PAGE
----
EPR Corner: Featuring Q&A from the RCA’s Webinar on June 22
EPR Corner: Featuring Q&A from the RCA’s Webinar on June 22
The Recycling Council of Alberta will bring you a monthly feature on Alberta’s transition to Extended Producer Responsibility (EPR). We will feature FAQs we have received and key information about what is happening during the transition to EPR.
This month we are highlighting questions and answers from the EPR Transition Webinar Series – Examining the role of oversight bodies and producer responsibility organizations. As part of the transition to extended producer responsibility (EPR), it’s important that stakeholders are informed about the roles of different organizations; specifically the differences between the oversight and operation of the EPR system. The presenting organizations included the named oversight body in Alberta, Alberta Recycling Management Authority (ARMA), and three producer responsibility organizations (PROs) that operate programs across the country – Circular Materials, Product Care and Call2Recycle.
Producer responsibility organizations (PROs) are selected by the producers of products and packaging to help meet their obligations under EPR regulations. Services they may provide include collection, management, promotion, education and reporting.
The oversight body will ensure that producers are meeting their obligations and reporting to the Province.
The RCA recorded the session. If you’re an RCA member, please reach out and we will send you the link.
Q&A from the session:
Q: What is the difference between ARMA as it exists now and ARMA as the EPR oversight body?
- A: ARMA can be looked at as an organization that now has two separate and distinct business lines. ARMA will continue to operate the stewardship programs for electronics, paint, tires, and used oil as they always have, being responsible to manage and operate the programs, educating the public about recycling these materials. As the named oversight body in the EPR regulation, ARMA has established a separate department for its role as the EPR oversight body with a new executive director, Dr. Gabrielle Betts. ARMA’s role as the oversight body is to develop bylaws, policies, and processes that outline details and requirements related to registration, reporting, auditing, dispute resolution process, thresholds for exemption, and compliance matters.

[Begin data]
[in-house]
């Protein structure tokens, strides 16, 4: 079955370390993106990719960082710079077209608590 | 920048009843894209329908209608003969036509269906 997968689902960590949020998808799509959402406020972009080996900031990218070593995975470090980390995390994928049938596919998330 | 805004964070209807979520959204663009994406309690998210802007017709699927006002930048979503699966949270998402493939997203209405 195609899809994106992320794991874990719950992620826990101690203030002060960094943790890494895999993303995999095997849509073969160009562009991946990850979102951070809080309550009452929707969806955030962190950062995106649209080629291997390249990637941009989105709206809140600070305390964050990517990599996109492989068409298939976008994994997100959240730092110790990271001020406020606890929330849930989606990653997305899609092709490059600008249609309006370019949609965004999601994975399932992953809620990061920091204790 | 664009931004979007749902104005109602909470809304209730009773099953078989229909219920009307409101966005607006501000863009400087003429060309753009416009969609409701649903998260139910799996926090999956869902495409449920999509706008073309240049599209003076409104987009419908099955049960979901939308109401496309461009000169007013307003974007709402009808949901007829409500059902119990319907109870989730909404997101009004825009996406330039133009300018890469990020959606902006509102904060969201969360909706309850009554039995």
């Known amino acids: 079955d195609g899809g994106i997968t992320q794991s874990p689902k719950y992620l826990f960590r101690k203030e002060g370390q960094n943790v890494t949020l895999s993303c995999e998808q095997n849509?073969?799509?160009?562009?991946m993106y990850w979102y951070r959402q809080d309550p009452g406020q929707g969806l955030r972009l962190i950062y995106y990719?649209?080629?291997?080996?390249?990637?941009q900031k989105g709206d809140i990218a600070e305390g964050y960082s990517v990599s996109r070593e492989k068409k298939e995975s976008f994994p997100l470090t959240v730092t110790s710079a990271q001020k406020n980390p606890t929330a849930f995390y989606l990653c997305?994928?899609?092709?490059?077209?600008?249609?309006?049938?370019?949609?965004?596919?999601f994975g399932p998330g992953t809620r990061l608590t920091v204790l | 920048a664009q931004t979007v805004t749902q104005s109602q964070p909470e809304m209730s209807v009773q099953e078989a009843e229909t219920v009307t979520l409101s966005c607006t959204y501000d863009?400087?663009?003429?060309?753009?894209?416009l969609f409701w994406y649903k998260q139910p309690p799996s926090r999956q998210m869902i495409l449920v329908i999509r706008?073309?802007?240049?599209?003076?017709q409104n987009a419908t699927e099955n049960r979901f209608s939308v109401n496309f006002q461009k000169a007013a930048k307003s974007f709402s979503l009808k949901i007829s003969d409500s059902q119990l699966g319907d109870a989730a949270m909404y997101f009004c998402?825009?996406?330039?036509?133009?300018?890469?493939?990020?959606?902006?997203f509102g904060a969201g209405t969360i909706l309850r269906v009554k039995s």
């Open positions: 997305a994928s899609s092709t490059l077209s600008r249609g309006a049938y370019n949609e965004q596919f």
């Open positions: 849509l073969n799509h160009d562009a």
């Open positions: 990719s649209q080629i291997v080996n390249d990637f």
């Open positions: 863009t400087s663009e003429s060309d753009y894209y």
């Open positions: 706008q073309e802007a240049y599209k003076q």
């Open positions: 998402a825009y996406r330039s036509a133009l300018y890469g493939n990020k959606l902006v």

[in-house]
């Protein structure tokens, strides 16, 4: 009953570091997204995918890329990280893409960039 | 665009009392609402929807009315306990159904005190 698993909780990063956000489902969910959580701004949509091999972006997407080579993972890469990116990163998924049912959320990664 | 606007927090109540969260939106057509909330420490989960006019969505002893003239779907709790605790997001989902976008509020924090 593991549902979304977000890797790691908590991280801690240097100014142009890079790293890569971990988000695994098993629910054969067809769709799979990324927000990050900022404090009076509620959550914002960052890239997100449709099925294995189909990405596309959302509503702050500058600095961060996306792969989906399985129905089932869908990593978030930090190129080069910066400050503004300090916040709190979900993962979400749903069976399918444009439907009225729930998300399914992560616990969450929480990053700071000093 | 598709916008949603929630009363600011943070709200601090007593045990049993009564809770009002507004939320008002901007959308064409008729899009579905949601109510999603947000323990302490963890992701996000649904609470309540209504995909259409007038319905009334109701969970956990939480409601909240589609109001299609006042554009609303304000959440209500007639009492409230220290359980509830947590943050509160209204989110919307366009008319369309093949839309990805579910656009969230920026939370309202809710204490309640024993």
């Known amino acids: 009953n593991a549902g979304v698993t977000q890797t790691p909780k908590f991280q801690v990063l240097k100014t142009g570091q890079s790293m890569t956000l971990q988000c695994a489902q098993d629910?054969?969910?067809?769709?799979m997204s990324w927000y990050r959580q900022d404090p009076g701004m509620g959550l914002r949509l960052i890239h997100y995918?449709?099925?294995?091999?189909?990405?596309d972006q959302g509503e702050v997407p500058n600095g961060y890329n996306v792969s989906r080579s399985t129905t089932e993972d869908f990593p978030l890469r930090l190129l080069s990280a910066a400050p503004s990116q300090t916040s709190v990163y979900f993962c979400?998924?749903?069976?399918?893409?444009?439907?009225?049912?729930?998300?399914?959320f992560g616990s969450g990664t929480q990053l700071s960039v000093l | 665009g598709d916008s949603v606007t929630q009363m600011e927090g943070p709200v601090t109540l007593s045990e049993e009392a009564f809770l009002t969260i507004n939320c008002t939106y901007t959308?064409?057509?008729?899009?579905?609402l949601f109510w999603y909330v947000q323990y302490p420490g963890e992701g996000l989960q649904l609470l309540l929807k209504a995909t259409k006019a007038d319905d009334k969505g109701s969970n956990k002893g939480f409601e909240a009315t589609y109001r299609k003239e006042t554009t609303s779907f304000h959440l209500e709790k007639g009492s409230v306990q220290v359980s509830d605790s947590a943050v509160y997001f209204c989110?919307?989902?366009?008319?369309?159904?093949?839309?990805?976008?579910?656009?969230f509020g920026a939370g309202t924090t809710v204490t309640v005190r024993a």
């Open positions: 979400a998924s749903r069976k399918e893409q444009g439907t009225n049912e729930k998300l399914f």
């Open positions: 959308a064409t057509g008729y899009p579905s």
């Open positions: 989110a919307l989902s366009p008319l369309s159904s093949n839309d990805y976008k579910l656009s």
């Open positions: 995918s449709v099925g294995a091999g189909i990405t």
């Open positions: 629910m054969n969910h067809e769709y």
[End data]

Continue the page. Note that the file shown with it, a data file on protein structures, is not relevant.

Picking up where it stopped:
- Completing consultations with Alberta Environment and Protected Areas (EPA) in the summer.
- EPR Bylaw ratification and governance transition by Sept. 2023
- Completion of the Registry for producers with registrations to follow Fall of 2023.
- April 1, 2024 – producer verification of collection
- April 1, 2025 – Phase 1 PPP launch, HSP launch
- October 30, 2026- Phase 2 launch (multifamily)
Q: What is the relationship between the PROs and municipalities?
A: The relationship should be collaborative and iterative. Circular Materials has set up municipality working groups in other provinces that have met monthly to keep the lines of communication open. Sharing all the information at the same time with all groups allows for the sharing of questions and answers.
Q: How do producer responsibility organizations (PROs) interact with service providers?
A: Under the EPR regulation, producers are responsible to set up a system to recycle products and follow the requirements set out in the regulation. In Alberta’s case, this applies to single-use products, packaging and printed paper products (PPP) and hazardous and special products (HSP) starting April 1, 2025. Producers (often through PROs) then work with service providers (waste management companies or municipalities) to deliver the services.